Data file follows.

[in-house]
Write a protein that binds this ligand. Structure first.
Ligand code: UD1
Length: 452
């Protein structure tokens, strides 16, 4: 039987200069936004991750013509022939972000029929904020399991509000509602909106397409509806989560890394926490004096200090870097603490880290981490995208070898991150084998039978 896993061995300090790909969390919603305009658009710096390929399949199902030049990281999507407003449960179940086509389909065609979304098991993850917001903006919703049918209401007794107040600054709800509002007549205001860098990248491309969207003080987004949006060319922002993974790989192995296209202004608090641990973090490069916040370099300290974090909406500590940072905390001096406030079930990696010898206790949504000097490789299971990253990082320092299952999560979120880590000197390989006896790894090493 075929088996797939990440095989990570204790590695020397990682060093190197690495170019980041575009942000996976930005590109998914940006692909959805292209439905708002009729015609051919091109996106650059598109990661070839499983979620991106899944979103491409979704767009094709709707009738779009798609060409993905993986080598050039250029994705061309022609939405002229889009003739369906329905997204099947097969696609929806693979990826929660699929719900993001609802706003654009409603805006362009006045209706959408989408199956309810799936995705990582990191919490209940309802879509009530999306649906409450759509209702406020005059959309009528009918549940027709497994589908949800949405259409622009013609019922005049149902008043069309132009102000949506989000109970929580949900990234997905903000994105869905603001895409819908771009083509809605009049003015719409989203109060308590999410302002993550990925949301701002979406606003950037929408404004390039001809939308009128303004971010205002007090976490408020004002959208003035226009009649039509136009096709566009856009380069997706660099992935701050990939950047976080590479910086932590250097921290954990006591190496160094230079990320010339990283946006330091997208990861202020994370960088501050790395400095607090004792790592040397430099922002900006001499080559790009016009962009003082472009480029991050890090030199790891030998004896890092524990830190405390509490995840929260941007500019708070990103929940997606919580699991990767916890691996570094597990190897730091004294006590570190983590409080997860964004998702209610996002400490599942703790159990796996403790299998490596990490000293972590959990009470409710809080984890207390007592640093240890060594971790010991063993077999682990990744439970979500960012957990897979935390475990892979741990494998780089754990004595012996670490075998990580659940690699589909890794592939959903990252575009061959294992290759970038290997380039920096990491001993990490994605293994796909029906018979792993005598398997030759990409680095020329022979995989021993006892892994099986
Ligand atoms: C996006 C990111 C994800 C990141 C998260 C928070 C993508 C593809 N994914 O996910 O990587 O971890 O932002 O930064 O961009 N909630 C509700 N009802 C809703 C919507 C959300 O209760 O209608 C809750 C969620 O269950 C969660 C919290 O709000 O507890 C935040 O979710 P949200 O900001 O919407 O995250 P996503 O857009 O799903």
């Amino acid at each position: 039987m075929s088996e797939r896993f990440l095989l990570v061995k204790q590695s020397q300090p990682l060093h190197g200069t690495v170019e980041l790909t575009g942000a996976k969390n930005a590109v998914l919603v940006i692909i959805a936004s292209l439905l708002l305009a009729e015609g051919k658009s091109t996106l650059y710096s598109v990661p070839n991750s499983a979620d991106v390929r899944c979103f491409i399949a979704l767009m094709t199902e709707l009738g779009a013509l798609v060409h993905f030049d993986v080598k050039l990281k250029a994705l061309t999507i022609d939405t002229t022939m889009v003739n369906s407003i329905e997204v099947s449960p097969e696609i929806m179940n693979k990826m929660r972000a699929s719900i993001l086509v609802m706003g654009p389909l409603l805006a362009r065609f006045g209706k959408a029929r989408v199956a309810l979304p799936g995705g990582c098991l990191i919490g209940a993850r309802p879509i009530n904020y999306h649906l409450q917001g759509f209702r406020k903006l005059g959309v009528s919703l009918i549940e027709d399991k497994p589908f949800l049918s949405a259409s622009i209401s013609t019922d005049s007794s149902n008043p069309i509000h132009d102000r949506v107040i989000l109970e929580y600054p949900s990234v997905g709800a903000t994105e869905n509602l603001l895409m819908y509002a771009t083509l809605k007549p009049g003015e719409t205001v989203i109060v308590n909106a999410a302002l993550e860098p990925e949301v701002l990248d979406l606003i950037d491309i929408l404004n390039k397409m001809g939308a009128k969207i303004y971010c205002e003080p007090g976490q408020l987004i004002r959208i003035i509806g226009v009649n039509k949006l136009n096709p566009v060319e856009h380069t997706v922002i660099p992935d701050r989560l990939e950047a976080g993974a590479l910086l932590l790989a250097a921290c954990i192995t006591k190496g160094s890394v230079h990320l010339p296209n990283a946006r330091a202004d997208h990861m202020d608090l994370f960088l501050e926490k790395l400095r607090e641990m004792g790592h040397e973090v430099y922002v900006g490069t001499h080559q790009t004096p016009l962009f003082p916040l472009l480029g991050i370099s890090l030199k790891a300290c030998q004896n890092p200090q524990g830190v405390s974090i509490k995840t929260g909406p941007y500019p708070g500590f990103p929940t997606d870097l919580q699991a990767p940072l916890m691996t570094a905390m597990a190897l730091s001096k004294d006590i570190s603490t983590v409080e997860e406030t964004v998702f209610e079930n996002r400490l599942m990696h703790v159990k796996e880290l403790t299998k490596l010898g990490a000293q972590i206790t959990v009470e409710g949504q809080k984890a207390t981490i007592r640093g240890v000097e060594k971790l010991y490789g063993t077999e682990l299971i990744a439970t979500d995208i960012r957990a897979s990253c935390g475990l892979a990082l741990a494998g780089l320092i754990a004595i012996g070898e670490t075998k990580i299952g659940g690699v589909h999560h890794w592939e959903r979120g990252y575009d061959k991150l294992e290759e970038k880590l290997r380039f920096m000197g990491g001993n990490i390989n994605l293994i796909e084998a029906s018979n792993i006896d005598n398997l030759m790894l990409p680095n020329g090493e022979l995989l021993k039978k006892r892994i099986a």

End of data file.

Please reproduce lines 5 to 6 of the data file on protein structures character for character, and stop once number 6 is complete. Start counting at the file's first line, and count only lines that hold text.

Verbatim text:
């Protein structure tokens, strides 16, 4: 039987200069936004991750013509022939972000029929904020399991509000509602909106397409509806989560890394926490004096200090870097603490880290981490995208070898991150084998039978 896993061995300090790909969390919603305009658009710096390929399949199902030049990281999507407003449960179940086509389909065609979304098991993850917001903006919703049918209401007794107040600054709800509002007549205001860098990248491309969207003080987004949006060319922002993974790989192995296209202004608090641990973090490069916040370099300290974090909406500590940072905390001096406030079930990696010898206790949504000097490789299971990253990082320092299952999560979120880590000197390989006896790894090493 075929088996797939990440095989990570204790590695020397990682060093190197690495170019980041575009942000996976930005590109998914940006692909959805292209439905708002009729015609051919091109996106650059598109990661070839499983979620991106899944979103491409979704767009094709709707009738779009798609060409993905993986080598050039250029994705061309022609939405002229889009003739369906329905997204099947097969696609929806693979990826929660699929719900993001609802706003654009409603805006362009006045209706959408989408199956309810799936995705990582990191919490209940309802879509009530999306649906409450759509209702406020005059959309009528009918549940027709497994589908949800949405259409622009013609019922005049149902008043069309132009102000949506989000109970929580949900990234997905903000994105869905603001895409819908771009083509809605009049003015719409989203109060308590999410302002993550990925949301701002979406606003950037929408404004390039001809939308009128303004971010205002007090976490408020004002959208003035226009009649039509136009096709566009856009380069997706660099992935701050990939950047976080590479910086932590250097921290954990006591190496160094230079990320010339990283946006330091997208990861202020994370960088501050790395400095607090004792790592040397430099922002900006001499080559790009016009962009003082472009480029991050890090030199790891030998004896890092524990830190405390509490995840929260941007500019708070990103929940997606919580699991990767916890691996570094597990190897730091004294006590570190983590409080997860964004998702209610996002400490599942703790159990796996403790299998490596990490000293972590959990009470409710809080984890207390007592640093240890060594971790010991063993077999682990990744439970979500960012957990897979935390475990892979741990494998780089754990004595012996670490075998990580659940690699589909890794592939959903990252575009061959294992290759970038290997380039920096990491001993990490994605293994796909029906018979792993005598398997030759990409680095020329022979995989021993006892892994099986
Ligand atoms: C996006 C990111 C994800 C990141 C998260 C928070 C993508 C593809 N994914 O996910 O990587 O971890 O932002 O930064 O961009 N909630 C509700 N009802 C809703 C919507 C959300 O209760 O209608 C809750 C969620 O269950 C969660 C919290 O709000 O507890 C935040 O979710 P949200 O900001 O919407 O995250 P996503 O857009 O799903």